Since the rise in muralism in the late 2000s, street art portraiture has become an increasingly popular form of urban expression, with artists employing diverse techniques and styles to capture the essence of individuals and personalities.
This street art genre draws inspiration from western portrait painting and contemporary advertising practices, combining traditional and modern elements. Beyond a simple aesthetic exercise, some street art portraiture has emerged as a means for artists to challenge dominant societal norms surrounding notions of beauty and power dynamics, making it a vital mode of cultural expression. Other times, obvious norms are in full embrace.
While the issue of the male gaze has been a prevalent topic in the fine arts for centuries, street art gave a new platform for artists to consider and sometimes debate this issue in a public forum. Artists celebrate real and fictional individuals of all genders, challenging traditional ideas of beauty and reclaiming agency for those traditionally relegated to the margins. By doing so, these artists engage in a larger cultural dialogue, and through their work, reflect the diversity and values of the communities they inhabit.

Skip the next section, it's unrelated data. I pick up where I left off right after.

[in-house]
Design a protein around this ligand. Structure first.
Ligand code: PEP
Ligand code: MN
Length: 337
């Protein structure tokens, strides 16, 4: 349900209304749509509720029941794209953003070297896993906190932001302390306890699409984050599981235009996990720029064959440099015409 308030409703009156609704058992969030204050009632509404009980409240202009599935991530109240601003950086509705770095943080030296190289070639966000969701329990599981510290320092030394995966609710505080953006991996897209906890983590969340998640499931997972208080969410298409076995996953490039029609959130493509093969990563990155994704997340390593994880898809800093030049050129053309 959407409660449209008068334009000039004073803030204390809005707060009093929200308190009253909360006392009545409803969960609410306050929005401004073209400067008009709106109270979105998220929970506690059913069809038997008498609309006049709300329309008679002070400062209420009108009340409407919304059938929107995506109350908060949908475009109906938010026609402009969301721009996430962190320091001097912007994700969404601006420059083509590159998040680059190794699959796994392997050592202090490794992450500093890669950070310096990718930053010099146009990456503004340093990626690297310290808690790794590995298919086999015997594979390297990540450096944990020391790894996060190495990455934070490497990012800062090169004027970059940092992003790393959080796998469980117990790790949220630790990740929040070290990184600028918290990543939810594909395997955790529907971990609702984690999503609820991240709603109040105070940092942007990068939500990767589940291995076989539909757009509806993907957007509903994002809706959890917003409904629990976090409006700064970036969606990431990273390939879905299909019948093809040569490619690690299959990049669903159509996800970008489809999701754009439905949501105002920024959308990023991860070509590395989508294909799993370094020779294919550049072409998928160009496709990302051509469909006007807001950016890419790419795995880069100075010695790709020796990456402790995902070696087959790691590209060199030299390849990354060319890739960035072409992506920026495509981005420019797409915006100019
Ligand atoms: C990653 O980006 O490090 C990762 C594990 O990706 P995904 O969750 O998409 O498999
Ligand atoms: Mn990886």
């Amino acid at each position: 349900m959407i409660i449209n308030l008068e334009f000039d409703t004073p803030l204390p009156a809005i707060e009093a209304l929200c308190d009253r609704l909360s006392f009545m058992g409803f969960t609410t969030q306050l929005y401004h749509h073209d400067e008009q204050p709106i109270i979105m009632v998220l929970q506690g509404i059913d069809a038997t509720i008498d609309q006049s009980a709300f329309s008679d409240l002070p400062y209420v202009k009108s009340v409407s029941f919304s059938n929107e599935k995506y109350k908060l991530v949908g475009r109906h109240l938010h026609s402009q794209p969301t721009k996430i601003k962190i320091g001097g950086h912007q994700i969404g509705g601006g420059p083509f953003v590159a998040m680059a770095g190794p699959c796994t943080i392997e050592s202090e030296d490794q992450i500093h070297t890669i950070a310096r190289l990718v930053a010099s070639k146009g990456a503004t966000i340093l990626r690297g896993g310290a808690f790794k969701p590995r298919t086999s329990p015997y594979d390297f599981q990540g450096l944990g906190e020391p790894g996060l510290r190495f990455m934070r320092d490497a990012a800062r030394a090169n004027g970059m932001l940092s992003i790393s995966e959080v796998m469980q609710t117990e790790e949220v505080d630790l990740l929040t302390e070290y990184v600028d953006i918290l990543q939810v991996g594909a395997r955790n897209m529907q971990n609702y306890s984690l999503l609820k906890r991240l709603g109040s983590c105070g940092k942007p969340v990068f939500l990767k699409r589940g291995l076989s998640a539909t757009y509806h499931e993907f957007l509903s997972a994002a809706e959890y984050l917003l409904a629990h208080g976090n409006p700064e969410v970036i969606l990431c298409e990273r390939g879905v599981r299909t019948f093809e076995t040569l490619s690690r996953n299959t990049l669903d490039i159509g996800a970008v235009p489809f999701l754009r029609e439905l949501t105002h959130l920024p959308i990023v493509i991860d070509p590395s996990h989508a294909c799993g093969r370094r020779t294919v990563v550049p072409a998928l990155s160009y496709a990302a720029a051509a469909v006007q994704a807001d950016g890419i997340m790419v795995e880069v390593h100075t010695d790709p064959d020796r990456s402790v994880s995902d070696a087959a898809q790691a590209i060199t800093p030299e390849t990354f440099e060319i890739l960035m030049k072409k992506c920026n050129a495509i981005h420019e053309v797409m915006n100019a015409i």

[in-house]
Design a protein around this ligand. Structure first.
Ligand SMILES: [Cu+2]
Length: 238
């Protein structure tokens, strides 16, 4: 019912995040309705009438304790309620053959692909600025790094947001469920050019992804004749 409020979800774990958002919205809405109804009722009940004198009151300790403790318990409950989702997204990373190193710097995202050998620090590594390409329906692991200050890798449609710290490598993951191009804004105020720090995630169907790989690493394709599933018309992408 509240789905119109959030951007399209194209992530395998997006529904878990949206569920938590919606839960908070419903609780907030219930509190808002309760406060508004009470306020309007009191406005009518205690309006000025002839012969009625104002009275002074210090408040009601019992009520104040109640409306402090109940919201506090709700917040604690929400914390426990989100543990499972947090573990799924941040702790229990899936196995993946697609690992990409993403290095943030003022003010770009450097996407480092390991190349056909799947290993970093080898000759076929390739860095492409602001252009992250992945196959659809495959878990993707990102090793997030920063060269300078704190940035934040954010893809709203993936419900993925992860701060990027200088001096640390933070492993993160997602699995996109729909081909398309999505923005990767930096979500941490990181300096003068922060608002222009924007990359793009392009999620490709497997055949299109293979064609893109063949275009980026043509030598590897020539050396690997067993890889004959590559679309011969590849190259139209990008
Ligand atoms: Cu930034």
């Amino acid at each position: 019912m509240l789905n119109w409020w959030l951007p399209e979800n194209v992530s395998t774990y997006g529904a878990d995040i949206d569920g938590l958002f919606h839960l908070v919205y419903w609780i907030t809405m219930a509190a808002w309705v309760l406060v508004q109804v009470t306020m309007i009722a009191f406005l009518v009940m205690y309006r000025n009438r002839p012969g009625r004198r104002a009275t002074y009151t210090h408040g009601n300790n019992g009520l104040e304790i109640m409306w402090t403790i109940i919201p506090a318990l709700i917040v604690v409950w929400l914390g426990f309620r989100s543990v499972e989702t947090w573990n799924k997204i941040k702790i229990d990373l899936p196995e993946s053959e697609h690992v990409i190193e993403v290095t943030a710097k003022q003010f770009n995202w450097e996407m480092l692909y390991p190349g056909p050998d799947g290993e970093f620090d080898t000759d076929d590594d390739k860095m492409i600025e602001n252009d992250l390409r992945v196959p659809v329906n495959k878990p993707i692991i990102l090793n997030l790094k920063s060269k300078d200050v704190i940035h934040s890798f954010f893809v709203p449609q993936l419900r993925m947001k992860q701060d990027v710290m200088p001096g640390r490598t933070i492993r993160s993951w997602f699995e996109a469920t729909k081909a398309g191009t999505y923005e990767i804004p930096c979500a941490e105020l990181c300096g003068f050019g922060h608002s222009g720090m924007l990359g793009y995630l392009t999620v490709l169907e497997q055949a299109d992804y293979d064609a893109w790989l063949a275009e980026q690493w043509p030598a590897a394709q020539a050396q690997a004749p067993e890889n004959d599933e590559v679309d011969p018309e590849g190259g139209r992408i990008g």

A high percentage are celebrities and icons of popular culture. From musicians to actors and athletes, these individuals make the artwork personal, relatable, and Instagrammable. Younger artists tend to gravitate toward contemporary figures in popular culture, while older artists may focus on historical or political figures. But don’t quote us on that.
From stenciling, painting, and wheat pasting, each method contributes to the unique character of the artwork, reflecting the artist’s vision and the cultural landscape in which it is created. As a mirror to the culture, the subjects chosen for street art portraiture can reflect the diversity and cultural landscape of the city, creating a visual representation of the community, its values, and aspirations.